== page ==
Monday, December 24, 2001

The Lord of the RIngs: The Fellowship of the Ring / **** (2001)

Listening to the opening narration delivered in "The Lord of the Rings: The Fellowship of the Ring," I was instantly swept back into the archaic but opulent realm of J.R.R. Tolkien's Middle-earth, where hobbits, elves, dwarfs, wizards and mortal men became united in their quests to save the lands they loved from almost certain destruction. It was a place I had not visited for quite some time, and yet one where I could still clearly visualize the lush landscapes that hedged the ambitious journeys of the story's endlessly colorful characters. That's because Tolkien's work in his "Lord of the Rings" trilogy is likely the most vivid and enduring material ever created in fantasy literature, work that transcends all boundaries of time and storytelling and flourishes off the imaginations of its readers. Those of us who read the books are instantly enraptured, and few, if any, admirers are able to forget the experience.

The Man Who Wasn't There / ** (2001)

The Coen brothers ambitiously set out to prove something in their latest feature, "The Man Who Wasn't There," but I'll be damned if I know what. The movie is one of their most ambiguous, subtle and unrewarding endeavors to date, and the fact that it adopts the most visually attractive and nostalgic style seen in a picture this year only fuels the obvious issue, which is that "Fargo" is their masterpiece and lightning will likely not strike in the same place twice.

Memento / ***1/2 (2001)

Since the moment it was first projected on the movie screen earlier this year, "Memento" has made the kind of impact on audiences that hasn't been seen since "American Beauty" or "Pulp Fiction," the kind that leaves viewers in a situation so filled with new ideas and reasoning, instantaneous discussions are provoked. Admittedly, I was not part of this initial discovery; somehow, someway, I allowed the film to simply float over my head, never even seeing it until just recently on DVD. Now that there has been a chance for me to catch up on the phenomenon, I long to immerse myself in those rich discussions with close friends, who have seen the picture perhaps countless times by now and yet still find so much to talk about regarding it. And they have good reason to; whereas the majority of theatrical releases in 2001 were so bland that they practically blended together, a film like "Memento" stands out, dares to challenge the common style, and ultimately gives birth to a new mold of storytelling. It is the jackhammer for our frozen imaginations.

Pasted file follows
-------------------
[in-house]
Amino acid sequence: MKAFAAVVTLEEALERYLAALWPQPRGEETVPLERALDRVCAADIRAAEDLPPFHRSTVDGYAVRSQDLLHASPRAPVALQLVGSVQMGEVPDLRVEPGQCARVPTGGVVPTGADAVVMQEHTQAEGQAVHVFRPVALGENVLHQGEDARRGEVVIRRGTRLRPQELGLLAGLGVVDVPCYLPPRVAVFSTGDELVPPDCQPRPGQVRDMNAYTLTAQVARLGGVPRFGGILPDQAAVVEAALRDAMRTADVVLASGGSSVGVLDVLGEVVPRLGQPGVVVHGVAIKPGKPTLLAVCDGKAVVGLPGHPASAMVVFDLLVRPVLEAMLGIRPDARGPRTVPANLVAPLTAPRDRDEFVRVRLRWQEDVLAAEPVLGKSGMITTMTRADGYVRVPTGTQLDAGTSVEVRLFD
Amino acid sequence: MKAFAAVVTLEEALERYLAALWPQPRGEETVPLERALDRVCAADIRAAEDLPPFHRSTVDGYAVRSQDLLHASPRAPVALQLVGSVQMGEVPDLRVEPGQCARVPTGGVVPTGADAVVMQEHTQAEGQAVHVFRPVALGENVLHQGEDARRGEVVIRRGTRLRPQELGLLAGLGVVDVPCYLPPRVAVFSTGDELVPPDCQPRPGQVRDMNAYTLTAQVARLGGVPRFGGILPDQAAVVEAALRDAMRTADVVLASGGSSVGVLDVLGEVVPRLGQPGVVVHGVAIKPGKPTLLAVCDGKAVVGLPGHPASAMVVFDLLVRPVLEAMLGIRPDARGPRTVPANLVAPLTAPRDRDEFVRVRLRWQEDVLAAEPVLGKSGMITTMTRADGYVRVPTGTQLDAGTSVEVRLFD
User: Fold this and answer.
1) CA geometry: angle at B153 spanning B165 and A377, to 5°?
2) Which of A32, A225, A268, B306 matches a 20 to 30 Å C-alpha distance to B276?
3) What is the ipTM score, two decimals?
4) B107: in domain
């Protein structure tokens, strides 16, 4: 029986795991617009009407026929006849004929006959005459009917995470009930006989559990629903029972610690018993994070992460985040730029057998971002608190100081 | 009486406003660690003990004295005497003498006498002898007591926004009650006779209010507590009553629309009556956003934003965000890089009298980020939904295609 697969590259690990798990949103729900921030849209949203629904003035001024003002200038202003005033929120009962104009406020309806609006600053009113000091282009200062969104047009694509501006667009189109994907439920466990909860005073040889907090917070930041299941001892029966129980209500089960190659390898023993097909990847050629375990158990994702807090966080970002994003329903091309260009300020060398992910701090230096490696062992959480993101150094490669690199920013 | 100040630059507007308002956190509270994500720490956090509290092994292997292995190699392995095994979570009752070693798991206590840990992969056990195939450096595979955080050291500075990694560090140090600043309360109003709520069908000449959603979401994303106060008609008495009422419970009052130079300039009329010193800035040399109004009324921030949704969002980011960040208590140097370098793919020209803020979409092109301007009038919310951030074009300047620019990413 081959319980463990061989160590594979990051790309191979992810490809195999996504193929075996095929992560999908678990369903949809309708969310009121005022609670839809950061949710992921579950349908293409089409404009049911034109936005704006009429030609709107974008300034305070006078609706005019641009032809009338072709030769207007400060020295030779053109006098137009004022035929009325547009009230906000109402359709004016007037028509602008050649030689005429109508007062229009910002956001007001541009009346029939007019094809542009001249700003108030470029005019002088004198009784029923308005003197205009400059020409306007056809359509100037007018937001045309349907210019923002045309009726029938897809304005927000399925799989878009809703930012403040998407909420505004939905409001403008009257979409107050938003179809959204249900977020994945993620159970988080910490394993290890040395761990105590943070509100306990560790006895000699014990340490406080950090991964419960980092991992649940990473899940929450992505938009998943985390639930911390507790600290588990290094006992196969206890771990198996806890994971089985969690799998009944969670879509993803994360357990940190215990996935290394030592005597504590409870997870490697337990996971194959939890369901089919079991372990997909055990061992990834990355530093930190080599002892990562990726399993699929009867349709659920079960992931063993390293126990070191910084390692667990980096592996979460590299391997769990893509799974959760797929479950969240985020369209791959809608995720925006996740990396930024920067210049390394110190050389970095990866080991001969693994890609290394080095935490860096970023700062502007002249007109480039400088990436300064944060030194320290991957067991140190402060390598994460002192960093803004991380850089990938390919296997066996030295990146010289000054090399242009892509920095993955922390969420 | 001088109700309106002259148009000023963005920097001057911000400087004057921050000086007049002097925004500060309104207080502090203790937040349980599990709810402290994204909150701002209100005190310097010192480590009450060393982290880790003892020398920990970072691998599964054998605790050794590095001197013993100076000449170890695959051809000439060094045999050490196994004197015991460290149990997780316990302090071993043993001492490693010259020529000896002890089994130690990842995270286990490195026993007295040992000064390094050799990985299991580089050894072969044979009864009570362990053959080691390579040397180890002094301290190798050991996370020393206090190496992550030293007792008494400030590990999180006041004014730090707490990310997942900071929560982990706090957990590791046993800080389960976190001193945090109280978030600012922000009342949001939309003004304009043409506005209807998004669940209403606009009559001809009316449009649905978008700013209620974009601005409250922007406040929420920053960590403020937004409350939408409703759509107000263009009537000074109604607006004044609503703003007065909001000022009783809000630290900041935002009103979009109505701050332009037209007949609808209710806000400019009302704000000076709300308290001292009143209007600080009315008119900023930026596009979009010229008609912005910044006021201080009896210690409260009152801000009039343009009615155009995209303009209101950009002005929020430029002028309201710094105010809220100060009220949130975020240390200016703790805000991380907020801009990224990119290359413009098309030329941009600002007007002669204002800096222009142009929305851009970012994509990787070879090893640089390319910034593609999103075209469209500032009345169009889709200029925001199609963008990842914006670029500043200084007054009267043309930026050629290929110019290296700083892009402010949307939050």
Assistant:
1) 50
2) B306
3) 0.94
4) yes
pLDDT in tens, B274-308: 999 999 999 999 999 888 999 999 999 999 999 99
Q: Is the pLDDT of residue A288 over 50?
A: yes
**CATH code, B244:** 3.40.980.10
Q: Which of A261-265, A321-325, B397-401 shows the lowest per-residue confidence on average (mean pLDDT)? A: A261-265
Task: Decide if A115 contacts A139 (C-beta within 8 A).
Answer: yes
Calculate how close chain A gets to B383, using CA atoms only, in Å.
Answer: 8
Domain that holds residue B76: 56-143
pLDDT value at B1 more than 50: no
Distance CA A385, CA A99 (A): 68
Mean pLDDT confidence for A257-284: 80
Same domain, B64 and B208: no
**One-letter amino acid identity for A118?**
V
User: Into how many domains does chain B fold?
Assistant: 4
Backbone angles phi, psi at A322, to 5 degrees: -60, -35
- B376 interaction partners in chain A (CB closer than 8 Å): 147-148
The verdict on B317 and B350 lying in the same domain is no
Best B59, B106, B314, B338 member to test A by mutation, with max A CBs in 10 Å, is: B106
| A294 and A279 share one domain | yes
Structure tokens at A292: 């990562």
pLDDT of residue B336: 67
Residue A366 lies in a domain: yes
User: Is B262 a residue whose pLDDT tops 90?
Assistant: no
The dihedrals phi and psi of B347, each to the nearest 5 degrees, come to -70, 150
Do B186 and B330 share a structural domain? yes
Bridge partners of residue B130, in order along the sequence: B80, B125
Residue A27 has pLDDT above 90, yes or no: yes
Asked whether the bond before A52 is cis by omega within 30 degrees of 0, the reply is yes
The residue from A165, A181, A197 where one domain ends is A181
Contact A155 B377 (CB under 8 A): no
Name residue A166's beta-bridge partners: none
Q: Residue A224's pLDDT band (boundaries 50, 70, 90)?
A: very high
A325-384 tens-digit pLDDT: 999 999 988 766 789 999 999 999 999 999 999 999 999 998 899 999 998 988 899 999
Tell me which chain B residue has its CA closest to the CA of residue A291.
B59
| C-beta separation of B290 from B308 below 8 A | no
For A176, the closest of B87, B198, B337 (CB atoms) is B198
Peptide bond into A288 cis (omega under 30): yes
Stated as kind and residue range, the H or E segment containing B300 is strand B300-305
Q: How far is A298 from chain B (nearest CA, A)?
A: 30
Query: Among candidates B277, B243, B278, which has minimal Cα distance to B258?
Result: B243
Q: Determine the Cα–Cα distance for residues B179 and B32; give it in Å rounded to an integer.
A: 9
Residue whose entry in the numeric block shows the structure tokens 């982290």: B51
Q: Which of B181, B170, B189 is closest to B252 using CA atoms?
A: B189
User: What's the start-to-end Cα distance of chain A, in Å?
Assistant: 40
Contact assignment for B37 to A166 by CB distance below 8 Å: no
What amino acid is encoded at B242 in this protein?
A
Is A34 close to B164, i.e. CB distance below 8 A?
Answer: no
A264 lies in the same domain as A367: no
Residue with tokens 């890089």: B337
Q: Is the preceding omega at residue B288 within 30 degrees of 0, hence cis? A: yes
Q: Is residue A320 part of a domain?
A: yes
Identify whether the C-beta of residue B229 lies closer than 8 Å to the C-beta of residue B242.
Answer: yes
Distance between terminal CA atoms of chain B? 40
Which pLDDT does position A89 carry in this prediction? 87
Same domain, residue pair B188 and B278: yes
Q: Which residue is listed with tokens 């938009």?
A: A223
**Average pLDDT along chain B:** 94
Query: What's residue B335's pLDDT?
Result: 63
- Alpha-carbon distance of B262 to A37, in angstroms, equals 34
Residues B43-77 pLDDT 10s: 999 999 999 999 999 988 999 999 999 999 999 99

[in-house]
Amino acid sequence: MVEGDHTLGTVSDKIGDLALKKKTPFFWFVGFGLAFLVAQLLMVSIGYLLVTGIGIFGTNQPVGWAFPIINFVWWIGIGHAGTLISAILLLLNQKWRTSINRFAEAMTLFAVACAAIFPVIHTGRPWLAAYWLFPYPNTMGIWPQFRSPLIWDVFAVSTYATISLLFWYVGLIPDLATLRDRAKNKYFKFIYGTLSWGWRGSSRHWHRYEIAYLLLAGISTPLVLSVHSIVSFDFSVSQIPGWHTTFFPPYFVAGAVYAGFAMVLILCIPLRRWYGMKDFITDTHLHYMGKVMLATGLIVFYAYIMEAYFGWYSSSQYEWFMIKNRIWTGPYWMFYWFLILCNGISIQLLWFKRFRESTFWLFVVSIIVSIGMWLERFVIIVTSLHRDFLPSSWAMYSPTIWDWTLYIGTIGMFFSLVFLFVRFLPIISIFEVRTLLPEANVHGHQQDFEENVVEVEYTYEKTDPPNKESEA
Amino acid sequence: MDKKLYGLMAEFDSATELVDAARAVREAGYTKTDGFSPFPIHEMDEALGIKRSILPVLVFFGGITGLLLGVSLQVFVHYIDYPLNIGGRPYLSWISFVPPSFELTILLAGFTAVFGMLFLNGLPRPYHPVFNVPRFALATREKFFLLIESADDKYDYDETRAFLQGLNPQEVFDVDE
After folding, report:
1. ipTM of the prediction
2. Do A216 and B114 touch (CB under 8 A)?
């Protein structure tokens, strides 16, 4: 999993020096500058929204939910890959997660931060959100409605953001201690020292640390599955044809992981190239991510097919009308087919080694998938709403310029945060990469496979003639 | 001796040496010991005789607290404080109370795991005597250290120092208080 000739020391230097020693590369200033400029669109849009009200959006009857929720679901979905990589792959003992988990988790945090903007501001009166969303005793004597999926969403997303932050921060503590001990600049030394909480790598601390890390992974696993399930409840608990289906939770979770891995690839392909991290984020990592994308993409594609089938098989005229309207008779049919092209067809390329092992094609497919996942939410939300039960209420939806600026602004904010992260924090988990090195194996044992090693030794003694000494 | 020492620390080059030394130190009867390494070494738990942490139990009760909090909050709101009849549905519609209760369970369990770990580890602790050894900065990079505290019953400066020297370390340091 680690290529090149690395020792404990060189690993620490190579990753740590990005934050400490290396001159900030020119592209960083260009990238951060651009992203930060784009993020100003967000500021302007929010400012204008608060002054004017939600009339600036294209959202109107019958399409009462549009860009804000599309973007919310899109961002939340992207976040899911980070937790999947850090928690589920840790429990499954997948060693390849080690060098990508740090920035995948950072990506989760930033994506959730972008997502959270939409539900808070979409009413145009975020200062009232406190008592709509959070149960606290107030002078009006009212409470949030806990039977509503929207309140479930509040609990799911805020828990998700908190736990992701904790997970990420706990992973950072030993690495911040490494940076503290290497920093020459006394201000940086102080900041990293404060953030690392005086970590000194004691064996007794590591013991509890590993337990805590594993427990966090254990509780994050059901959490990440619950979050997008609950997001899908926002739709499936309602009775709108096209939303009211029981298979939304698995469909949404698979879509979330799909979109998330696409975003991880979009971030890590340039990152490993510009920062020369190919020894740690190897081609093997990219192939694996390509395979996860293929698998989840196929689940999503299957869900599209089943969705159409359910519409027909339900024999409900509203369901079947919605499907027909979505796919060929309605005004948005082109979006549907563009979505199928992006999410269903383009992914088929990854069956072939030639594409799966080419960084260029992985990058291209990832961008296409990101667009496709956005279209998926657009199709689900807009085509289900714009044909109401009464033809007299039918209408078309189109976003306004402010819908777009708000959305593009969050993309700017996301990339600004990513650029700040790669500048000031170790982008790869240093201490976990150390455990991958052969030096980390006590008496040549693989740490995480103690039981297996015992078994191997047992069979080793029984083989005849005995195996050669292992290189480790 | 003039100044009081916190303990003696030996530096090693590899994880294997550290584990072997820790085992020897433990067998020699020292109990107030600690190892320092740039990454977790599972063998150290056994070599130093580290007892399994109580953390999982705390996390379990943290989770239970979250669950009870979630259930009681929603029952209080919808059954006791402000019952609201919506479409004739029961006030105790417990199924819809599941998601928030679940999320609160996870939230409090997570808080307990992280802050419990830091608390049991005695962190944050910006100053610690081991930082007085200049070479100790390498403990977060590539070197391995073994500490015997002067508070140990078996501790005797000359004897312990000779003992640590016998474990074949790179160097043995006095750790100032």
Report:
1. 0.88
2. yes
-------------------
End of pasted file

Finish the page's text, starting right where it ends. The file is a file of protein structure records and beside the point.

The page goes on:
Monster's Ball / ***1/2 (2001)

The title of "Monster's Ball" pertains to the last preparations made for a prison inmate as he takes his last journey down death row. The final party, as it is commonly referred to in the movie, consists of the last meal, final farewells, last-minute phone calls, words of wisdom and the like, all arranged and carried out by the prison guards in a concise but almost celebratory manner. Corrections officer Hank Grotowski (Billy Bob Thornton), who oversees the Monster's Ball of an inmate towards the beginning of the picture, believes every element leading towards the man's impending death should be perfectly executed; according to him, it's the only appropriate kind of sendoff. But when his own officer son, Sonny (Heath Ledger), becomes nauseous during the final walk and collapses onto the floor, Hank is totally outraged and becomes violent, so much so that eventually, other officers have to intervene and hold the tempered father back. Pulling away from the final walk like that, we gather, disrupted Lawrence's deserving sendoff.

Waking Life / ** (2001)